Universities prepare for return to campus

Third-level colleges preparing for more in-person tuition in next academic year

Trinity College Dublin before the pandemic. The danger posed by possible Covid variants means that students should be prepared for further disruption such as the cancellation or postponement of lectures and labs.

Trinity College Dublin before the pandemic. The danger posed by possible Covid variants means that students should be prepared for further disruption such as the cancellation or postponement of lectures and labs.

 

As the Government continues the planned summer reopening of the country Leaving Certificate pupils and third-level institutions will be looking a little further ahead to what college might look like when the doors open in September.

Life for students at third level is likely to be very different this year when compared with the pre-Covid in-class model but many will still be hoping for a return to some degree of normality. Everything will of course be contingent on what the public-health guidance is in the autumn and it is too soon to rule out further disruption as a result of the health crisis.

That said, Ireland’s third-level colleges and universities have been planning for a return to campus for quite some time now and a lot of work has been put into ensuring a safe return for students and staff.

It hasn’t been easy. Last year was the most challenging faced by the education sector since the foundation of the State. Academic programmes had to be adapted to utilise new learning techniques, while students experienced severe disruption surrounding their studies and end-of-year exams.

The pandemic prompted a speedy take-up among students and institutions of virtual learning platforms, allowing students to view lectures, participate in class discussions and engage in group work remotely.

Of course, many colleges and further-education institutions had already adopted these platforms but their use varied from institution to institution. Whatever the arrangements this autumn, the benefits of virtual-learning platforms mean they are here to stay and will continue to feature as a key delivery mechanism for third-level education.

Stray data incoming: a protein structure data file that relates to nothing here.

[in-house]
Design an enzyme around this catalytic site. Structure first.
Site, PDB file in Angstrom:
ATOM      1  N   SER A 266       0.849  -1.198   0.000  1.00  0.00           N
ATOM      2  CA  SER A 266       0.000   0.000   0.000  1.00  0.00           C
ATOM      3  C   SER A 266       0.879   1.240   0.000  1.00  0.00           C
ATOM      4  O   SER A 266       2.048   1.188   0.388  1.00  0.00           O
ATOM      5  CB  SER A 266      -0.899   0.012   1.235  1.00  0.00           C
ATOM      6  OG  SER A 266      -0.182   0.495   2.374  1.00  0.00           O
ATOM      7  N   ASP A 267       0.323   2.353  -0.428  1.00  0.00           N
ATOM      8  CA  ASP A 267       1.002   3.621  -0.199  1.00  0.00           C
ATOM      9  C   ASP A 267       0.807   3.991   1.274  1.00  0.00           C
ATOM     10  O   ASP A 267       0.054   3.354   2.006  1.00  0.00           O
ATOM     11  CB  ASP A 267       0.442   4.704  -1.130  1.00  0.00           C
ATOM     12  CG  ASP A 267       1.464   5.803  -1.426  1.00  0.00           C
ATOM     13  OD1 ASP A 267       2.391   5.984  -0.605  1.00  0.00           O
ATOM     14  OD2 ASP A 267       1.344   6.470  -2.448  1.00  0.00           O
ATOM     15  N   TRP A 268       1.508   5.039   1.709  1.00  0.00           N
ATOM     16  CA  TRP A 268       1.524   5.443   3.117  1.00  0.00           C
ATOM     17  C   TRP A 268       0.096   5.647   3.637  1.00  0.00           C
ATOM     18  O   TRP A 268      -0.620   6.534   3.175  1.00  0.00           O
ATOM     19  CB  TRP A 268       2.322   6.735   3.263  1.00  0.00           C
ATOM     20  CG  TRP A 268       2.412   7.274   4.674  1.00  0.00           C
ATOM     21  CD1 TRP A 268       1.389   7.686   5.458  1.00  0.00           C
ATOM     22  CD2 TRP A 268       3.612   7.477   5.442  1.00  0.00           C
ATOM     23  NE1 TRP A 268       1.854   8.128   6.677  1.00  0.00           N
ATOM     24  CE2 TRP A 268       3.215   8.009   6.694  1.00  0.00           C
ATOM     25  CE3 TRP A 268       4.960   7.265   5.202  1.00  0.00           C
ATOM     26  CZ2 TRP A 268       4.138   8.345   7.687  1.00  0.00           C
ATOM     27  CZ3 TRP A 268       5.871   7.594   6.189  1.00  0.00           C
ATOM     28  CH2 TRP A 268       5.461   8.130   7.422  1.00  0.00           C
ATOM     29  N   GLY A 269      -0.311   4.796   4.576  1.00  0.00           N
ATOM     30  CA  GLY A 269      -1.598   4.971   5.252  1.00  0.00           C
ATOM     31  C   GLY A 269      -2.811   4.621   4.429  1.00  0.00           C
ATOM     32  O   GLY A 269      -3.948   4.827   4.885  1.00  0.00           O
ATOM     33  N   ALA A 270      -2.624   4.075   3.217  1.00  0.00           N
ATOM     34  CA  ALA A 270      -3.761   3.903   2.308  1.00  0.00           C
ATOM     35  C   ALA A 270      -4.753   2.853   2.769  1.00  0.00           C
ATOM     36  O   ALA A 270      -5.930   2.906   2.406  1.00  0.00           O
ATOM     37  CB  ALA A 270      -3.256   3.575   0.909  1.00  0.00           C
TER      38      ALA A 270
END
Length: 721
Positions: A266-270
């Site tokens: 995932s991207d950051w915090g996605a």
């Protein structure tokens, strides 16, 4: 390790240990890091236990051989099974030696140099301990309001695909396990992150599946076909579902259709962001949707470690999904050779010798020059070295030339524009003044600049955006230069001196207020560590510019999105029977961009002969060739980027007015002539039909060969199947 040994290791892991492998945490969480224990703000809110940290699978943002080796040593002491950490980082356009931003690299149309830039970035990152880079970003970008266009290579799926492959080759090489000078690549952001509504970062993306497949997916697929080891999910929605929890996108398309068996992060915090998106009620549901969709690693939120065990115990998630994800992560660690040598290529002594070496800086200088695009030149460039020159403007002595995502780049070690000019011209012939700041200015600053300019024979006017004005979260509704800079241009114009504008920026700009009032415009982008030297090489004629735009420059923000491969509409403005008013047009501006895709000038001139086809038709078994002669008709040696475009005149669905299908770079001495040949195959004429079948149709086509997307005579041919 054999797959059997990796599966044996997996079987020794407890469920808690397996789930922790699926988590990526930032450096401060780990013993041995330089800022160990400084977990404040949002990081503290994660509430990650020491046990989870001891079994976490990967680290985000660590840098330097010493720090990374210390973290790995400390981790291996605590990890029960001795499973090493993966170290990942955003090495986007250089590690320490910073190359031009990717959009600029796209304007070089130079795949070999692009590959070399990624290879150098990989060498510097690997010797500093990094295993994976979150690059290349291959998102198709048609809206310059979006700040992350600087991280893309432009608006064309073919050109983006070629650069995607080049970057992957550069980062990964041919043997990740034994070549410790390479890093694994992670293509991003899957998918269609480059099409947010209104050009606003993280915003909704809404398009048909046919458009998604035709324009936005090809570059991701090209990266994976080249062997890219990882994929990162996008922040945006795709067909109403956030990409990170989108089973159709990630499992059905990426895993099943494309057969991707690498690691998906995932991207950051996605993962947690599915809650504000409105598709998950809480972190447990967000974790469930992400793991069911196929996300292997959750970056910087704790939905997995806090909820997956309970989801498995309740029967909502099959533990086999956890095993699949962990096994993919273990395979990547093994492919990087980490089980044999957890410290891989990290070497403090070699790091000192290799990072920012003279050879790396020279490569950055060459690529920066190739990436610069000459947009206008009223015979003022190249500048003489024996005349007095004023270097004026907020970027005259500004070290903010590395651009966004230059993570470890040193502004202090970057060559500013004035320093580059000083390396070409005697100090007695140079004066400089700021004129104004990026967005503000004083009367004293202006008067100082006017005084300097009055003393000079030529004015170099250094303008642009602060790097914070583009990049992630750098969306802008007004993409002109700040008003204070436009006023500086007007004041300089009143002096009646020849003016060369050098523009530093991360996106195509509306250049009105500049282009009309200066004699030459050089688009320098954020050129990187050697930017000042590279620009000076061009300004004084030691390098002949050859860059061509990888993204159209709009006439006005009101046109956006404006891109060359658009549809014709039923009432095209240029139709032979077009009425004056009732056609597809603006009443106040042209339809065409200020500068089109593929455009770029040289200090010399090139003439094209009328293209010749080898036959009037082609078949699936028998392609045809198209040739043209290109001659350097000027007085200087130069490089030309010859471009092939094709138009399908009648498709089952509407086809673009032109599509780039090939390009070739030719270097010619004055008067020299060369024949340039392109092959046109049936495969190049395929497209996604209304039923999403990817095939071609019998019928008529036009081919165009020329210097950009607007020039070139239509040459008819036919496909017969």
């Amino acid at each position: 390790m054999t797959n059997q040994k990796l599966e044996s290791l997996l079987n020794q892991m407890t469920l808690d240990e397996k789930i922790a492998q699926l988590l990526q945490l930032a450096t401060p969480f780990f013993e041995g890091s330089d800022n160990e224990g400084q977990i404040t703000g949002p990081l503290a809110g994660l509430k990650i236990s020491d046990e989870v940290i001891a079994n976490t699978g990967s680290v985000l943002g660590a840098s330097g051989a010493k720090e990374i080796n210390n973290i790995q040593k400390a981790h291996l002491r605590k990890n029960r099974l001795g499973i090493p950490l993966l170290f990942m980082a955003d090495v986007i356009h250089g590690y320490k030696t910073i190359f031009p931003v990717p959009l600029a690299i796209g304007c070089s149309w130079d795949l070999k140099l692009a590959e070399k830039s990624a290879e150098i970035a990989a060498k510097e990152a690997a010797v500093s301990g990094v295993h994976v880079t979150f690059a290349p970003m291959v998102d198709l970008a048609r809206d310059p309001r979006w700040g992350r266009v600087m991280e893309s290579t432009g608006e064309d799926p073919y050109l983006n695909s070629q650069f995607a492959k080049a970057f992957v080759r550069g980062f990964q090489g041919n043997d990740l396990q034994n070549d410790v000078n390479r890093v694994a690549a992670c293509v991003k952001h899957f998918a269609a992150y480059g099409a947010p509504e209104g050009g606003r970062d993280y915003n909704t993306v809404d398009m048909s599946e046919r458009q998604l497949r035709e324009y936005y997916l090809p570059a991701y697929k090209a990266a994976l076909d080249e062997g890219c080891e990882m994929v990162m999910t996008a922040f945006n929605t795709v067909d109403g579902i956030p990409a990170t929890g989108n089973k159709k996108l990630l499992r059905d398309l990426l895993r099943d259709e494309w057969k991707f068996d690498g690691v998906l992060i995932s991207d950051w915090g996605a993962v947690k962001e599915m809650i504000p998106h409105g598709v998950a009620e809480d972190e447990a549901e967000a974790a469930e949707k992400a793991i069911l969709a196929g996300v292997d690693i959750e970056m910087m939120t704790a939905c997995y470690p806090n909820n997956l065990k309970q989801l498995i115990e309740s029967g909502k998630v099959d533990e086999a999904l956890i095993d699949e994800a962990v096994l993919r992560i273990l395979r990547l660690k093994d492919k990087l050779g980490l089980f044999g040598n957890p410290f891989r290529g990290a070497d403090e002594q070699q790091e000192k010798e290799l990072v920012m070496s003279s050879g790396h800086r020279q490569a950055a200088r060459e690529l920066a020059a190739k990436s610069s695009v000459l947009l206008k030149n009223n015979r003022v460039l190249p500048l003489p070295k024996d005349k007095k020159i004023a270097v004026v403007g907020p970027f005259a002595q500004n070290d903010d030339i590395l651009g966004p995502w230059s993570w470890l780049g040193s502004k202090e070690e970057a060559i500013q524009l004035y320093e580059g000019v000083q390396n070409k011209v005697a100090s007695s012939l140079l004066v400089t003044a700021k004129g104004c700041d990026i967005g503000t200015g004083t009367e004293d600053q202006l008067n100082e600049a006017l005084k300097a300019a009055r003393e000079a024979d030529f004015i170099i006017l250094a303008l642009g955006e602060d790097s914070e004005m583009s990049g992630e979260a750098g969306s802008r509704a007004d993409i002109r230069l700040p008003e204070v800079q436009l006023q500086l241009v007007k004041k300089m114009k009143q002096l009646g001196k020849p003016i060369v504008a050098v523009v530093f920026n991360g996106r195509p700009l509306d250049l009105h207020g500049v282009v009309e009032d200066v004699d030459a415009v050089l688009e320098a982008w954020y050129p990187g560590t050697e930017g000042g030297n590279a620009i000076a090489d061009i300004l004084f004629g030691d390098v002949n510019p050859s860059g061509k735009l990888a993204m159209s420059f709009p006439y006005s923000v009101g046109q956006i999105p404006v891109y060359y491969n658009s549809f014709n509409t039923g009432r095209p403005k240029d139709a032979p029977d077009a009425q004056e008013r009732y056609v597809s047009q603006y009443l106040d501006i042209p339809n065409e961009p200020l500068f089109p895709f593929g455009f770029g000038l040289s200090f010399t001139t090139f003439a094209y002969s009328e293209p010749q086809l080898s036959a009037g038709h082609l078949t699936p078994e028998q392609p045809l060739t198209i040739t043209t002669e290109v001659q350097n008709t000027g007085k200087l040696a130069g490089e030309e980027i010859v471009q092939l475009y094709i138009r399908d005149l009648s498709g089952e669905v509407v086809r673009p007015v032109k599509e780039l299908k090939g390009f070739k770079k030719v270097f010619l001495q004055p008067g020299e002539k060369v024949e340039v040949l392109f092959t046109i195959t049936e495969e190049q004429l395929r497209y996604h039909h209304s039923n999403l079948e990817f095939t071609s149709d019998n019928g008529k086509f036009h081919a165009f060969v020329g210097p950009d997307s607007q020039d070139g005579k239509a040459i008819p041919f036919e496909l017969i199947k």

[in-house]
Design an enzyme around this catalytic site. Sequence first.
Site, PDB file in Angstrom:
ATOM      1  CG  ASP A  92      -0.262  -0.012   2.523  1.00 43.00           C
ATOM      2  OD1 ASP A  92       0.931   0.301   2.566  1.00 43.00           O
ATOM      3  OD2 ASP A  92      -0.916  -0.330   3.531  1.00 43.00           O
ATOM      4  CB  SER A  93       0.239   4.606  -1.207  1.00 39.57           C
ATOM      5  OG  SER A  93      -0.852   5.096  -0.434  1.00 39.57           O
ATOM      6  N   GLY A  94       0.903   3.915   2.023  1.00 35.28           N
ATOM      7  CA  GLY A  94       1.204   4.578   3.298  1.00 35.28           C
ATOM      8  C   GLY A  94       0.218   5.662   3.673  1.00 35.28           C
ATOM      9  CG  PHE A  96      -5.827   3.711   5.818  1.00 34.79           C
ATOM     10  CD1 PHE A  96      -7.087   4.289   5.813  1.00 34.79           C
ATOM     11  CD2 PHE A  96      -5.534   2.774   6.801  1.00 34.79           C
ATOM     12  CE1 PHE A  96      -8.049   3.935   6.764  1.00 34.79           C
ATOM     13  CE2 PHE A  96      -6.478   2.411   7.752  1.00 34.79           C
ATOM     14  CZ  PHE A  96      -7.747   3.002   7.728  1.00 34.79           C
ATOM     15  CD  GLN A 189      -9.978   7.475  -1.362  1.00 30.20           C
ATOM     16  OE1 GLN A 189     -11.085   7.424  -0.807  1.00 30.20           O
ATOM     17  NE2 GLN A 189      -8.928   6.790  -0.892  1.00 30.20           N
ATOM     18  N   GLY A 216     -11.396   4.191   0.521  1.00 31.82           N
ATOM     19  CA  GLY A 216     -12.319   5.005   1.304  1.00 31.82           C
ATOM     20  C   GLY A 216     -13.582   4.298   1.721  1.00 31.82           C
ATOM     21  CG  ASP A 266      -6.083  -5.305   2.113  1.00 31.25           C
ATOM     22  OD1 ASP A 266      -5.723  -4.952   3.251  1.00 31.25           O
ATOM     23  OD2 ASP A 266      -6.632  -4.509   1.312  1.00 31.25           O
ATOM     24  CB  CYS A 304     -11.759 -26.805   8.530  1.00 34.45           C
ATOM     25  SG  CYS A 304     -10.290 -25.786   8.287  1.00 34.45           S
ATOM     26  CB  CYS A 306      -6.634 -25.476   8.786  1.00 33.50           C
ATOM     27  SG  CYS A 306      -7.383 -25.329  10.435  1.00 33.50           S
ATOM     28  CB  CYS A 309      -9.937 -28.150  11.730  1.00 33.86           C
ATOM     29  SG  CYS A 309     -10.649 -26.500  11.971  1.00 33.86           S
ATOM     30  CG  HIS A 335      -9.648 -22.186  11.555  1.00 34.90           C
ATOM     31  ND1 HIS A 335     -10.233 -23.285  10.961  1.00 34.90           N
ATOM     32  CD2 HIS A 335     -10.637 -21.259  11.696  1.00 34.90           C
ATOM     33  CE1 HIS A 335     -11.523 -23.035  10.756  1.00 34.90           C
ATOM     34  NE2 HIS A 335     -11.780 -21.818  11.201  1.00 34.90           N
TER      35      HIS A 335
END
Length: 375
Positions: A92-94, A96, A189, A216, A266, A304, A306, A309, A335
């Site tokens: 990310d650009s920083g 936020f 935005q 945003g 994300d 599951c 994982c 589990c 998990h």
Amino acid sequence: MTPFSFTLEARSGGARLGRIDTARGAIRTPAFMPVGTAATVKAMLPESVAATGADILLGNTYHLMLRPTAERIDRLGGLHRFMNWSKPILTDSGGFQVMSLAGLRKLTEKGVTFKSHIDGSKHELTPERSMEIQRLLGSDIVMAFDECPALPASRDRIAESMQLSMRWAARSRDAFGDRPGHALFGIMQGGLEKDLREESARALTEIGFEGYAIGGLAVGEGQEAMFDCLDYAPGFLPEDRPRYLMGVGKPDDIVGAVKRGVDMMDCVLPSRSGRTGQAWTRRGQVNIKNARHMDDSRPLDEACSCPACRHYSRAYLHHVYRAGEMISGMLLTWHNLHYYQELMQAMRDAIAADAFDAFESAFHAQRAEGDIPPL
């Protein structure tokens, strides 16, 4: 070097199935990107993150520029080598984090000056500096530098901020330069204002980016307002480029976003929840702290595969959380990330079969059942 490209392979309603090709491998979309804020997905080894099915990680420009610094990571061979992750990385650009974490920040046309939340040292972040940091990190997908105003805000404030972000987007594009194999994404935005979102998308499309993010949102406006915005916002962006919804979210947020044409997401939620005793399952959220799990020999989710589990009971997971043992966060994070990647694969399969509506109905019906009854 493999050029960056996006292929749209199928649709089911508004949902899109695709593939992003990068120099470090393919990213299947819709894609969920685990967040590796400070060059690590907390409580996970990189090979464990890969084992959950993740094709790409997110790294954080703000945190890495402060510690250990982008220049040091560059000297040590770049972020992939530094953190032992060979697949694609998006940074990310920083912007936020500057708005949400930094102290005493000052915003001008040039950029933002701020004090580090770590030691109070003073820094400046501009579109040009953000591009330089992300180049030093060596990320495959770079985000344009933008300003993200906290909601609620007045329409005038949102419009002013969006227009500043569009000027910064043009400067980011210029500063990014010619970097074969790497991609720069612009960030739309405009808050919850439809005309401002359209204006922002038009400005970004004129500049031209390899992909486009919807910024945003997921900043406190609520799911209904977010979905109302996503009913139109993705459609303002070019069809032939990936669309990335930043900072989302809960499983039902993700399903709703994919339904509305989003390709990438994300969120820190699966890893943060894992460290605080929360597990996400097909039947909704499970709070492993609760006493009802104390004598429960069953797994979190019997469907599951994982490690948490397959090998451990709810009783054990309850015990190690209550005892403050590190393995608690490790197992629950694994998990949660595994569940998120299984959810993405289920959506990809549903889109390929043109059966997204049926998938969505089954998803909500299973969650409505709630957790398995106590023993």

Patience and flexibility
Many third-level courses were subject to ongoing review and tweaking over the last 12 months as course organisers and planners learned more about the strengths and weaknesses of the delivery platforms available to them. Students considering changes to their CAO choices should make sure they are up-to-date with the latest developments regarding the course they are interested in.

So what should students expect in the autumn? Most colleges are hopeful of some return to the in-person in-class approach but patience and flexibility will be key for students and staff alike.

As the vaccination programme accelerates throughout the summer so too will the lifting of restrictions. However, even if students are likely to spend more time on campus than they did last year, it would be a mistake to ignore the safety measures designed to protect them from the virus.

The danger posed by possible Covid variants means that students should be prepared for further disruption such as the cancellation or postponement of lectures and labs. Most colleges have a dedicated page on their website outlining the latest advice along with additional information that may be relevant to their institution. It is worth keeping up-to-date with this page.

Of course, third-level is not just about achieving academic excellence. A well-rounded educational experience is also about personal development and the social experience offered by college life.

While students will most likely need to wear face coverings and practise social distancing while on campus, right now hopes are high of a return to some semblance of normality.